When I was a senior in high school, a few months before graduating and having been accepted at the college of my choice, there was a bonfire. Probably for a football game or some such thing...the specifics I don't remember. What I remember is meeting a guy who rode a motorcycle and, for whatever reason, appealed to me. I may have been a wild child, but in high school I was still naive and still virginal territory. This guy, whom I can't remember his name or even what he looked like, began calling me. He told me that he and a friend of his were leaving for Wyoming and/or Montana right after I graduated on their motorcycles, and wanted me to go with them. With every fiber of my 17 year old being, I not only wanted to go, but I was determined to go. It had nothing to do with the young man, it was the adventure...you could say the London experience. That is what my Charlie is experiencing and I can relate, because I've gone through it. You see, Charlie is so very much my child.
Charlie has recently, in the last month, decided that he, too, wants to see this country of ours...on foot. He's preparing himself; he's mapping out his journey, he's deciding what he needs to take with him and what he can leave behind. This child of mine is cut from the same cloth that I am. I remember, as if it were yesterday, the desire...the strong pull, of adventure. I still feel the pull.
What I also remember is my mother telling me that if I decided to go on this 'adventure', that she and my father would not pay for my college when I came home. This, alone, persuaded me not to go. Not the tears, not the 'reasoning', not the yelling; only the threat of not being able to attend college in the fall convinced me not to go.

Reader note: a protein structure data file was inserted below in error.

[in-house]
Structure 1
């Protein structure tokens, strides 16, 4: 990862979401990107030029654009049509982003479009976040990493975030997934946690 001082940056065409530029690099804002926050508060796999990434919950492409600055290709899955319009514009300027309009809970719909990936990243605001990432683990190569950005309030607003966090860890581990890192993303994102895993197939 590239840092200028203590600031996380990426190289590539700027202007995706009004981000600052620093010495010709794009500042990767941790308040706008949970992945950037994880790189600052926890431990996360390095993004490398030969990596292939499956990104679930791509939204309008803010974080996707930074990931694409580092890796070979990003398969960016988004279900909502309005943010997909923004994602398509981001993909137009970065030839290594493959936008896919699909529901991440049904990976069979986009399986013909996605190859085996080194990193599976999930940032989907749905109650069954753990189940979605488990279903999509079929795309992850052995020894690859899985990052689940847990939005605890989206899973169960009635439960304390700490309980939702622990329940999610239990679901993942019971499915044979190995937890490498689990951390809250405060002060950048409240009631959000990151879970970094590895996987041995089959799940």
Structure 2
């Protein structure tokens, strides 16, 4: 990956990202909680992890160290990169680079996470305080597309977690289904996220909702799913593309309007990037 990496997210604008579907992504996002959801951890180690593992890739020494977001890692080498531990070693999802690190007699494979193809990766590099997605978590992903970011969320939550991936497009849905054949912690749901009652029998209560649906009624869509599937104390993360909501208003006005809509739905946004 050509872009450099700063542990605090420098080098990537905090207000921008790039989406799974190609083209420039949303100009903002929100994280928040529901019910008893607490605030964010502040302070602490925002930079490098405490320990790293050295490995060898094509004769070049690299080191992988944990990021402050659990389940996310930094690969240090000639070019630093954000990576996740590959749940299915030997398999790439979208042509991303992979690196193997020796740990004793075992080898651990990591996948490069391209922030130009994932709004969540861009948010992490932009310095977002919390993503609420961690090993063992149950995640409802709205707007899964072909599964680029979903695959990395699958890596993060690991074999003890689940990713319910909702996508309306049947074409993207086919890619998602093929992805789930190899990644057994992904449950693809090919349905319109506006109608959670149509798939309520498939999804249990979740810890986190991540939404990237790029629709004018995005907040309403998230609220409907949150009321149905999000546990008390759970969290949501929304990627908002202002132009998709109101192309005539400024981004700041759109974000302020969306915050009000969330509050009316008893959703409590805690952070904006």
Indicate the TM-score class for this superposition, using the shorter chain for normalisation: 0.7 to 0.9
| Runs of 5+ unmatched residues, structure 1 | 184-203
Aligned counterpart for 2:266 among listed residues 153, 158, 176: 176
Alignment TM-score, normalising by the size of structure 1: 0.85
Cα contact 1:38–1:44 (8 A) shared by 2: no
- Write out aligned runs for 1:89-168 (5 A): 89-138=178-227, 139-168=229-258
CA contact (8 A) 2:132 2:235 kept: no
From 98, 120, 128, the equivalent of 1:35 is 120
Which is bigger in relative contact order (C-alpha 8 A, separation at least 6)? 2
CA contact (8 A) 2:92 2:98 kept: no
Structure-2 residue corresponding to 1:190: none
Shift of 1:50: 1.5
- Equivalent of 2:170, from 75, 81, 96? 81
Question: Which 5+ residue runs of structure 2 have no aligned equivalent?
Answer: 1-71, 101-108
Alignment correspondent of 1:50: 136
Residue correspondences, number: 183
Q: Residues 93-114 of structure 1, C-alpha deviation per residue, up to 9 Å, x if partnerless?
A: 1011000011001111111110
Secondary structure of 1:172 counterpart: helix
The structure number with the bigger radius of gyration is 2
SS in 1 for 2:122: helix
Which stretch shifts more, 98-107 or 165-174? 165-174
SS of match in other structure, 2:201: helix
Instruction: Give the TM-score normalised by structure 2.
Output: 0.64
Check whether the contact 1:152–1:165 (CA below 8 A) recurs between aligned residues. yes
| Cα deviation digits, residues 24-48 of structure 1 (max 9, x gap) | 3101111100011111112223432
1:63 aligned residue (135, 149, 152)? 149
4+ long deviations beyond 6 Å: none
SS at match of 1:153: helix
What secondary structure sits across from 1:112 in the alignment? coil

Looking back, I didn't know this person...didn't know these TWO men that I was willing to get on the back of a motorcycle with and take off with only a wave goodbye to the people who loved me. I didn't know, I was a kid. Granted, many my age not only knew more but cared more about their future and their loved ones than I did. I was a selfish and self indulgent teenager. I've grown.
So, back to my baby. Charlie is determined to take off on a 'London' adventure. He, like his mother, is determined to be a writer. With all my heart I want him to succeed, to see his dreams come true and to fulfill every dream his heart leads him toward. Yet, there is that part of my mother in me that is screaming (inwardly) 'what are you thinking??'.
For those of you who remember Jack London, the happy endings are few. Perhaps because London didn't have me for a mother. Perhaps because he sought promises this world couldn't keep. Regardless, all I can do is try to keep Charlie grounded in the reality of this world, as my mother did me, and to love him. The latter is easy, the prior is what parenthood is all about. If nothing else, I excel at parenting. This past weekend I shared with Charlie my story about the bonfire, the young man with a motorcycle and my mother's threats.
History has a way of repeating itself.